People are not sure about the exact mechanisms behind this but somehow your brain is processing your plan while you sleep and optimizing the possible solutions for you.
Make the input of tasks before going to bed and leave the problem-solving and decision-making for the morning.
In Russian, we say: “Mornings are wiser than evenings”. Indeed they are.
10. Use productivity apps.
I would recommend Trello or Dropbox Paper.
This is something that I use a lot and they help me to organize my thoughts in a visual way.
11. Call a friend or Turn on the Youtube.
If you are a student, you might call someone to work with you.
Having a buddy who will not let you bail out and for whom you will also have to look after can be a good productivity hack.
Sharing a common goal of a focused work and unwillingness to let down your friend will keep you grinding and solve your procrastination frustrations.
Pick a nerd 🙂
If you don’t have anyone to study with, get yourself a virtual company.
There are plenty of videos on YouTube of people studying for hours and encouraging you to join them.
Give it a shot.
12. Find a mentor.
Find a person in your surroundings who is known for his discipline and time-management skills.
Ask him to coach or guide you.
Watch, mimic the best practices and learn.
13. Make an artificial deadline.
If you are a kind of person who needs a deadline — make a deadline.
Make sure you make yourself a penalty too and for that
14. Write a public declaration.
Make a document about your intentions to finish the task/project/work.
Make it public and find a trustee (friend) who will make sure you pay your penalty if you don’t close your declaration.
The penalty can be a sum of money that you are obliged to pay him in case of failure. It should be formidable enough to motivate you.
A friend of mine made a declaration with his friends.
He stated that they can shoot him in the leg if he fails to achieve his declared goals before the deadline.
Do you think he failed after a motivation like that?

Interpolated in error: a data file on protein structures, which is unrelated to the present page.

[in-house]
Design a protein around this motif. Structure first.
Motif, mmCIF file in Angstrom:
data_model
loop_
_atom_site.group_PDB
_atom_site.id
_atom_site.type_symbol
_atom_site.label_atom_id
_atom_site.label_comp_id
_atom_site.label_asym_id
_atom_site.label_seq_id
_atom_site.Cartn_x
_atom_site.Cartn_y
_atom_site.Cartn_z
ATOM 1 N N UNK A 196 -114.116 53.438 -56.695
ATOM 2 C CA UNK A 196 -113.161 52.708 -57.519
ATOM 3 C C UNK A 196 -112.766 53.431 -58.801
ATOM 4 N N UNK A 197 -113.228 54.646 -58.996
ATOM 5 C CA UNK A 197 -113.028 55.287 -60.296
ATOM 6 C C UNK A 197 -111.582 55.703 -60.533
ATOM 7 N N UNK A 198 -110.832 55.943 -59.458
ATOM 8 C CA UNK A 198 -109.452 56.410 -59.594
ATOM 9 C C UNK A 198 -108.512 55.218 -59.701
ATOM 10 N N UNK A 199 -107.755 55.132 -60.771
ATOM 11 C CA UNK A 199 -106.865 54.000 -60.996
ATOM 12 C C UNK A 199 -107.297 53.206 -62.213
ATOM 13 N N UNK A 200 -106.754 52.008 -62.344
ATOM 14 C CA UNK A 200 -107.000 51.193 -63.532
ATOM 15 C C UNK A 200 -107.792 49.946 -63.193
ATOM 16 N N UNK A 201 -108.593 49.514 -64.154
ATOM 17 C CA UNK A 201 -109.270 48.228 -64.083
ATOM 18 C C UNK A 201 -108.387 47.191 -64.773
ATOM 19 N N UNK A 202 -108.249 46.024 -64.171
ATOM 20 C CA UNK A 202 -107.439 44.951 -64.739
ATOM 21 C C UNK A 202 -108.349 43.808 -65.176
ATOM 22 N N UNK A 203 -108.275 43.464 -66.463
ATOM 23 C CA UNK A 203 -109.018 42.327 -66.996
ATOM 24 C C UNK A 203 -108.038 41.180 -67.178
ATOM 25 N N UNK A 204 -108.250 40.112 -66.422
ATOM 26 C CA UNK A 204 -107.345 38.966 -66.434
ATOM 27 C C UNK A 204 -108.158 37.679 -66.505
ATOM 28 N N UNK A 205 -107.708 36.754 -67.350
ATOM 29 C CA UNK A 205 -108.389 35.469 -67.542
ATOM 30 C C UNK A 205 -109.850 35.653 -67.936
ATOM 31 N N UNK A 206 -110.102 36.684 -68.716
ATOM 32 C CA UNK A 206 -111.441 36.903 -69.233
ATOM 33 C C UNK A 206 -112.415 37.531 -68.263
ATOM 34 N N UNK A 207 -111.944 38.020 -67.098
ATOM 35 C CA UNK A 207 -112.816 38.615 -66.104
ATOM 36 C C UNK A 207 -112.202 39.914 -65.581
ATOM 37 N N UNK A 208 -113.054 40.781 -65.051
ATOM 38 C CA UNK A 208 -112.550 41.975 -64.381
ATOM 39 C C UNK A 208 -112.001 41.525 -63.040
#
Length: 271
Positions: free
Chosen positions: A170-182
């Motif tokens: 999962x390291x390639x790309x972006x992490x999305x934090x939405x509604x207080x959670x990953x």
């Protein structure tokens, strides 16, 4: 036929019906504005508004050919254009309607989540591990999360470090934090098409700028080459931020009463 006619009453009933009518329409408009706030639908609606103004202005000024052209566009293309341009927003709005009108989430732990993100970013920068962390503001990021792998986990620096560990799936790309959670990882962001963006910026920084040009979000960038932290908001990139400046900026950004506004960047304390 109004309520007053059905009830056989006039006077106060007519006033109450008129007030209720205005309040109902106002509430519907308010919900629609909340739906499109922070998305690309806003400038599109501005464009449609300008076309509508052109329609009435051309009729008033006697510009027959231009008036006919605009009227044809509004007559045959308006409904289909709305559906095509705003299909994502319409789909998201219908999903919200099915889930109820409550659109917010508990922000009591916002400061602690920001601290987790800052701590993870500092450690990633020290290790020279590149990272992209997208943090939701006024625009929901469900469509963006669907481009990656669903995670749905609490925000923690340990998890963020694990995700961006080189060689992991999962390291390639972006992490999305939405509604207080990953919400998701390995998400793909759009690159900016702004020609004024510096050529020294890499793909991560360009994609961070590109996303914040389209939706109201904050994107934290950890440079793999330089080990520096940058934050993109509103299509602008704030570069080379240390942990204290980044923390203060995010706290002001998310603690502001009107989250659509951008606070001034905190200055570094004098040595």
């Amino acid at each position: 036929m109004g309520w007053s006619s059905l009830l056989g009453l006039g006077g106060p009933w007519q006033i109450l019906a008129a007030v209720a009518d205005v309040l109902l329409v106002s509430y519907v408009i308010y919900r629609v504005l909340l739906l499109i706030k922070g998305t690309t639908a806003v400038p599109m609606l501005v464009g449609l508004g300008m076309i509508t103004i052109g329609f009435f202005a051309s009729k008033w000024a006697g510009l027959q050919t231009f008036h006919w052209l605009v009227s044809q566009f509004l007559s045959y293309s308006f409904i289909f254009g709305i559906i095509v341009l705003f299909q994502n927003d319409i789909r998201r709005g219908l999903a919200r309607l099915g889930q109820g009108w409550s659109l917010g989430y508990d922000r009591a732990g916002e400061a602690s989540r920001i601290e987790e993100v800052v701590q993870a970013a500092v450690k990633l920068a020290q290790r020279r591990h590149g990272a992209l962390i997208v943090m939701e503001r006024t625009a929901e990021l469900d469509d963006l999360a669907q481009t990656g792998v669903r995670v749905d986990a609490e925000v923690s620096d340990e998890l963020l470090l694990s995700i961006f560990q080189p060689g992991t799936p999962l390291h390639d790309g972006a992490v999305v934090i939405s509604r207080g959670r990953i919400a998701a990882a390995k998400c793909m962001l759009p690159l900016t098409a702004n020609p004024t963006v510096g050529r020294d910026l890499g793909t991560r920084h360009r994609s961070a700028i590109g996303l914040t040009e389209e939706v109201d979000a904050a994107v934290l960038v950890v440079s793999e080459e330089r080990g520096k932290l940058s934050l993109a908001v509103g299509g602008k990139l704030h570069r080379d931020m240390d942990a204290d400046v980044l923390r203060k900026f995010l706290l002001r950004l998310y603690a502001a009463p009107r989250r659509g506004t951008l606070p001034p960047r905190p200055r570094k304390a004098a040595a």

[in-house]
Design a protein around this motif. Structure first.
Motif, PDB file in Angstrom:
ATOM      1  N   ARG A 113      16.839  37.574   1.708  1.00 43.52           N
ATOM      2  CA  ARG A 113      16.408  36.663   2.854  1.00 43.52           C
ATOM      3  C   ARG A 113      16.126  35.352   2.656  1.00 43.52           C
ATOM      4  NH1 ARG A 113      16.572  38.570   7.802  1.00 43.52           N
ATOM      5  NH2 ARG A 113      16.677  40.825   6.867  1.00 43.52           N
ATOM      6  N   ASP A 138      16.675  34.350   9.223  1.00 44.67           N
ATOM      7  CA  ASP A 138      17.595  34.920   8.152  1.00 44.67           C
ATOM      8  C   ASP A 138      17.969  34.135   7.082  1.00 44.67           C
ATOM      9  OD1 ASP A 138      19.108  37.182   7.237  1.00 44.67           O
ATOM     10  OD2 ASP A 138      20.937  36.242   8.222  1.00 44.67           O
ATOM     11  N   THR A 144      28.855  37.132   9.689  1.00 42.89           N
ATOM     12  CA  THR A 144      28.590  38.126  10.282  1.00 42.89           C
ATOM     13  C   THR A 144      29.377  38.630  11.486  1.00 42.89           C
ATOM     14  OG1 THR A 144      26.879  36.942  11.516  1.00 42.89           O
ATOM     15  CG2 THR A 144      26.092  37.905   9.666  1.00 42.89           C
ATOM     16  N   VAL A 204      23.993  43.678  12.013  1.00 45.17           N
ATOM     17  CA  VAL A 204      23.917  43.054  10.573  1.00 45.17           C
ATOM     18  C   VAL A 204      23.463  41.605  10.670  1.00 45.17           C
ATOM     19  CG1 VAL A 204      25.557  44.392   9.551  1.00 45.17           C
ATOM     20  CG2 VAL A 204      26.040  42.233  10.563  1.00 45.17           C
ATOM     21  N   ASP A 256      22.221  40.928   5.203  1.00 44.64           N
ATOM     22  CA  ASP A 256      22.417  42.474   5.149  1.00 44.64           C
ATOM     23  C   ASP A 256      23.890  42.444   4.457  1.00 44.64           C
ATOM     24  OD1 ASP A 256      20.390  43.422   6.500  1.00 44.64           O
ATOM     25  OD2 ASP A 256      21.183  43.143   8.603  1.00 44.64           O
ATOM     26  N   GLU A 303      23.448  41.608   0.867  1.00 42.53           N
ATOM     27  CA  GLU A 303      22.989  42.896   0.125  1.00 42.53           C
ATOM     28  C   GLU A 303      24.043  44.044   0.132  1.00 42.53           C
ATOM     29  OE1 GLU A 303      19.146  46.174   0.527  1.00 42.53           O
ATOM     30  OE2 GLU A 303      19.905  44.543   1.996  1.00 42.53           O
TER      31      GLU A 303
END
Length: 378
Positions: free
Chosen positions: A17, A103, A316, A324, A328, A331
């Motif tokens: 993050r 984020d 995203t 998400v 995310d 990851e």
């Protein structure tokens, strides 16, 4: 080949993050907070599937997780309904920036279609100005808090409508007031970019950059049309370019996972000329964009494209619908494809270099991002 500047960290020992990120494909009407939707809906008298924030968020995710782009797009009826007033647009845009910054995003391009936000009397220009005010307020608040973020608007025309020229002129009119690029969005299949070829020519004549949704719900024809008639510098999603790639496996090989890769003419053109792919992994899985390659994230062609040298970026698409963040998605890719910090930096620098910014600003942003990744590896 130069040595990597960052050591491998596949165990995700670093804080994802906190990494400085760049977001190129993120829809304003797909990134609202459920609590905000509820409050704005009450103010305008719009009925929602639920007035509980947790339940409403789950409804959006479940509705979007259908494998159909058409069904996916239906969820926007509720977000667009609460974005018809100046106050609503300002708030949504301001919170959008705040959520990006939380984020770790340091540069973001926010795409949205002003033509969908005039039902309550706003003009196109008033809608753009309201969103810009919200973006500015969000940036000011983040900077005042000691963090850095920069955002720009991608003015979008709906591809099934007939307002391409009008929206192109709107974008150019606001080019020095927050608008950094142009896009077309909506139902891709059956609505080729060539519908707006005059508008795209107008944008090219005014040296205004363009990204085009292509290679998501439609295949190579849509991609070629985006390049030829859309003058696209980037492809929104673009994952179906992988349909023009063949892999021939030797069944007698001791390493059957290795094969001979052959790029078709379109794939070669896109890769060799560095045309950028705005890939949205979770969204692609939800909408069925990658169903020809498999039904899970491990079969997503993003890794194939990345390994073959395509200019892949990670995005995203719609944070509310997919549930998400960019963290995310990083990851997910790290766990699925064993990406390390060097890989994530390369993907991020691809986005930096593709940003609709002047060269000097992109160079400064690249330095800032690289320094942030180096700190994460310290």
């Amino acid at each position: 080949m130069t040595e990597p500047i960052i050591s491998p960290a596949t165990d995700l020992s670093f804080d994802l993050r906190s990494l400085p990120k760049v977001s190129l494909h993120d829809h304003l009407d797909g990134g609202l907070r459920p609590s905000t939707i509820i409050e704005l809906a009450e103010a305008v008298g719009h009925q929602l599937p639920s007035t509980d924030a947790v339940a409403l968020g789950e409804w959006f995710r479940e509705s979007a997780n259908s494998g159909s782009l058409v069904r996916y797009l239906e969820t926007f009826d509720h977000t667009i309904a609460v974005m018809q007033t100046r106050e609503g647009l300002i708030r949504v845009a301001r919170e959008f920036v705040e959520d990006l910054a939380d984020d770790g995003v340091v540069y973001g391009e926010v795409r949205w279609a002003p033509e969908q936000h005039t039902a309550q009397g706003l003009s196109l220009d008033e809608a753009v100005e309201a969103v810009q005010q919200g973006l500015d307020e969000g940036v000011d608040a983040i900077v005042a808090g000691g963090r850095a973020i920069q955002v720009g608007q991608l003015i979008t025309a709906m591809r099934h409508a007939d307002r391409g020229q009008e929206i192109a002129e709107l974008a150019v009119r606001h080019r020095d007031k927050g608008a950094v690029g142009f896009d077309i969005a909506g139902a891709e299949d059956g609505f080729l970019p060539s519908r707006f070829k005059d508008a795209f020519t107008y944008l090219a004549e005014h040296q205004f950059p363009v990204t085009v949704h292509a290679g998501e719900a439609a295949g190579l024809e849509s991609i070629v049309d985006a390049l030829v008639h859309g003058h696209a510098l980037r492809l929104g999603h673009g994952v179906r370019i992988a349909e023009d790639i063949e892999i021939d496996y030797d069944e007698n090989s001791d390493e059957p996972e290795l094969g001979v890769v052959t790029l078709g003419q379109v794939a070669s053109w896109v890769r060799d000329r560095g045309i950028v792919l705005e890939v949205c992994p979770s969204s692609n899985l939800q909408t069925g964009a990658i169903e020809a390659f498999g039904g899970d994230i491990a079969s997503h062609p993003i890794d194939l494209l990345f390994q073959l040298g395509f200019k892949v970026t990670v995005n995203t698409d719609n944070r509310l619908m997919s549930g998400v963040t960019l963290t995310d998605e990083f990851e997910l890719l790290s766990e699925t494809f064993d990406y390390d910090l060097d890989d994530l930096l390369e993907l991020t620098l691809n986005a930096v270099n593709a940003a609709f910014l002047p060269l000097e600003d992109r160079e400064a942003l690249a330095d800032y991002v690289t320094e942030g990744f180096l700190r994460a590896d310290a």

He closed it way before the deadline.
15. Try fasting.
Recently I wrote an essay about why I practice fasting.
Here, I want to talk about it how fasting can be used to increase productivity.
Eating is a distraction. We spend a tremendous amount of time on finding food.
When you fast you deprive yourself of the need of cooking, buying grocery, washing dishes, waiting in the line or for your order.
One might think that the absence of incoming energy causing the brain to become slow, sleepy and stupid.
The brain gets enhanced cognition in fasting mode.
It basically thinks: “oh oh…food stopped to enter the body. Something is wrong. Go find some food! Hunter mode ON!” giving you the sharpest state of mind and releasing the energy from body fat which is in fact much better fuel for the brain than our so beloved carbohydrates.
You can use the clarity that comes with fasting and channel it to solve your task at hand.
Of course, it doesn’t work as the everyday practice and it’s not the way to go if you are a foodie and consider fasting a lethal torture.
But if you are willing to give your willpower and stress-resistance an additional upgrade and build a stoic body it works perfectly fine as a one-day working session on the weekend.
16. Study about productivity
Here are some books that I consider a must-read for everyone questioning how to increase productivity:
“The Willpower Instinct” by Kelly McGonigal.
This book is as entertaining as it is useful. The part about the correlation between working out and willpower capacity of the brain is taken from there. You can find a lot more insights about the willpower muscle and the ways to make it stronger.
“Deep Work” by Cal Newport.
This book is gold. It completely changed the way I think about the productivity. The most important work can only be done in very long intensive sessions. Deep work is a skill that will keep growing in demand in a job market in the age when ADHD among young people became as common as acne.
“Eat that frog!’ by Brian Tracy.
In one line — do the most important/ugliest/scariest thing first. Kill the big black hairy boss and his minions will fall.
“Getting Things Done” by David Allen.
The best point practical tip was: don’t keep things in your head, make a pool where.
So this is the list of things I used and applied.
All of them are proven to work in practice.
Productivity is not an easy path but it teaches us how to better ourselves as human beings and maximize our efficiency in taking the best of life.
Learn about yourself and implement the tools that fit your psychological profile and daily regime.